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The Torah's Weekly Portions
Deuteronomy/Dvarim - Re'eh
"Ir Hanidachat"

Posted 2008 - Contributed by Asher ben Shimon
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This week's Torah portion, Re'ei, teaches us the laws of the Ir Hanidachat. An Ir Hanidachat is a city where the majority of the grown men actively involve in idol worship. Once it has been established that a city has fallen into this category, the entire families of the sinners are put to death by beheading and all possessions of both sinners and non sinners are burned publicly. Then the entire city needs to be destroyed never to be rebuilt.

There is an opinion in the Talmud that such a city never existed and never will exist but that the sole purpose of the Torah teaching us the laws of Ir Hanidachat is to increase the merit of Torah study for those who learn about it.

Therefore let's take a closer look at some of the laws.

In general repentance only affects a verdict made in the heavenly court. Once someone has sinned and a rabbinical court issued a verdict, repentance doesn't help to change that. G-d will only forgive that person after he receives his earthly punishment. The simple reason for this difference is that human judges do not read minds. Maybe the sinner truly feels remorse for his misdeed, but it may be that the worry about undergoing his punishment spurs his claims of repentance. G-d on the other hand knows what goes on in people's minds and hearts. If He sees that someone truly repented, He can forgive him for his sins.

The Rambam rules that if the sinners in an Ir Hanidachat repent before the verdict has been executed, it can be overturned. If part of the city repents and the non-sinners regain their majority status, the city will be spared.

According to the above rule that only heavenly punishments can be cancelled, this law of the Rambam needs to be clarified.

The Kesef Mishna offers the following explanation.
In order for a court to punish someone, he needs to be warned about the severity of the sin before he does it. This needs to be done by two kosher witnesses.

The Ir Hanidachat does not have a specific warning. Each individual needs to be warned that idol worship is a sin. In order for an individual to be punished for idol worship a warning will suffice. But the Ir Hanidachat status and its consequences is a result of a combination of many individuals deciding to sin. Therefore, since no warning can be issued to an Ir Hanidachat, the verdict can be revoked if enough people repent to make the sinners a minority.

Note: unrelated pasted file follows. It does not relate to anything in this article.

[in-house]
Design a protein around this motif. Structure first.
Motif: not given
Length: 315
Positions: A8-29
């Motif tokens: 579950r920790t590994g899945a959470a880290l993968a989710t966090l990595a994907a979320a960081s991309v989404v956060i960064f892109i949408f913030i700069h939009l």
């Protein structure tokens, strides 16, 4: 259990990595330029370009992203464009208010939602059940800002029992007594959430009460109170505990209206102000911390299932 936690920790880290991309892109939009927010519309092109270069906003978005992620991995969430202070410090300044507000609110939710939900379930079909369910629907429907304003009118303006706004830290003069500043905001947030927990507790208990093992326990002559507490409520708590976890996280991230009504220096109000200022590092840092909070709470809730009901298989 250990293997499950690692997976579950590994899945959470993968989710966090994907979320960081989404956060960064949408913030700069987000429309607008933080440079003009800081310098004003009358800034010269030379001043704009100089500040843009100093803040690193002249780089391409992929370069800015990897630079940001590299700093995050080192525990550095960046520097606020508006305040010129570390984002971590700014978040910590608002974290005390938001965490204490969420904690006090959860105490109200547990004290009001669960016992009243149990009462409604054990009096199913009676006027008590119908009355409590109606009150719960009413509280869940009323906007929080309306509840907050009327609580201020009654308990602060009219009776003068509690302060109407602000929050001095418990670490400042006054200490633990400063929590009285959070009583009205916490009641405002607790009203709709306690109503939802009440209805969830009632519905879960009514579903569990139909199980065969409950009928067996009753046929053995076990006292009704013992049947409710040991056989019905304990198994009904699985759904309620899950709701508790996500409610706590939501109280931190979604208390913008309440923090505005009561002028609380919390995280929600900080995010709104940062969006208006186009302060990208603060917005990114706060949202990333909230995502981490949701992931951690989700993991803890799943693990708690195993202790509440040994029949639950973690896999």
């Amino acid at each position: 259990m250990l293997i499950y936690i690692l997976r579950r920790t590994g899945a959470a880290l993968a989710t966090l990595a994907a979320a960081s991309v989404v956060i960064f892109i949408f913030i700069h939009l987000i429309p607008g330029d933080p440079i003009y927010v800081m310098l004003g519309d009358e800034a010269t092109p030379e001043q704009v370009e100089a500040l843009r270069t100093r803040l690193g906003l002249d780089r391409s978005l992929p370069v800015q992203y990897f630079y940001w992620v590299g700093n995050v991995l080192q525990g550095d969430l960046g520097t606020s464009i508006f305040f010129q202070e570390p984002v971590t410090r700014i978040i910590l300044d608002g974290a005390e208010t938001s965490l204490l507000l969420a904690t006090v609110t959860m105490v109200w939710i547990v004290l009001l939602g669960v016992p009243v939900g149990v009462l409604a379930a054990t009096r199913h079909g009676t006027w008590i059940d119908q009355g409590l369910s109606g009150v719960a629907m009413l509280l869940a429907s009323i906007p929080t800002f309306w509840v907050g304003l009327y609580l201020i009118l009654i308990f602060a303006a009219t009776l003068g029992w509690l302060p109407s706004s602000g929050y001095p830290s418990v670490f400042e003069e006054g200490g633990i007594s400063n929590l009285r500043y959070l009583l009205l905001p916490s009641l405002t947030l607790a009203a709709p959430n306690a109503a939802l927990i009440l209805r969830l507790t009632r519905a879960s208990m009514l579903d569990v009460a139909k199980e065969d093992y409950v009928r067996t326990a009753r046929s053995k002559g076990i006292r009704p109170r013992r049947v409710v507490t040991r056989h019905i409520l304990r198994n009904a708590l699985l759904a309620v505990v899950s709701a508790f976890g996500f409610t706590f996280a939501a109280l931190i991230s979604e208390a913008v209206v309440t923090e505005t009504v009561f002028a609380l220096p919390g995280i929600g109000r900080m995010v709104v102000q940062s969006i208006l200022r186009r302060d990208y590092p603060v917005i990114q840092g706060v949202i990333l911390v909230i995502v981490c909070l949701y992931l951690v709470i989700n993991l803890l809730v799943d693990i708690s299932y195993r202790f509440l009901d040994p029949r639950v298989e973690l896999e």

Our original question however still remains. Although we understand that there is a difference between individuals and a city, which allows room for changing a verdict, we still don't have a good reason to say that in this case human judges know if the repentance is sincere.

The Tsofnat Paneach explains that Rambam never meant to say that the actual sinners can get off the hook by proclaiming they repented after the verdict has been issued.

The sin of an Ir Hanidachat is so severe that even the innocent wives and children of the sinners are put to death. In addition, all the physical belongings of all inhabitants are publicly burned as mentioned above. Rambam's rule applies to the women and children and the belongings. If the husbands claim to have repented they lose the status of an Ir Hanidachat thereby saving their families and everyone's possessions. They themselves will still be put to death for their earlier actions.

This explanation still has the same problem as before though.

If the rule is that human judges can not change a verdict based on a sinner's claimed repentance, why is this case different. At the end of the day we still change the status of the city as a result of the 'repentance'.

What does the Rambam base his ruling on?

According to the Tsofnat Paneach this can be learned from the city of Sedom. The city that was destroyed by Hashem in the times of Avraham.

Although we all know the stories about the wicked characters of the sodomites, this was not enough of a reason to kill them all. Our sages explain that the reason why the city was destroyed is because of idol worship, thereby rendering it an Ir Hanidachat.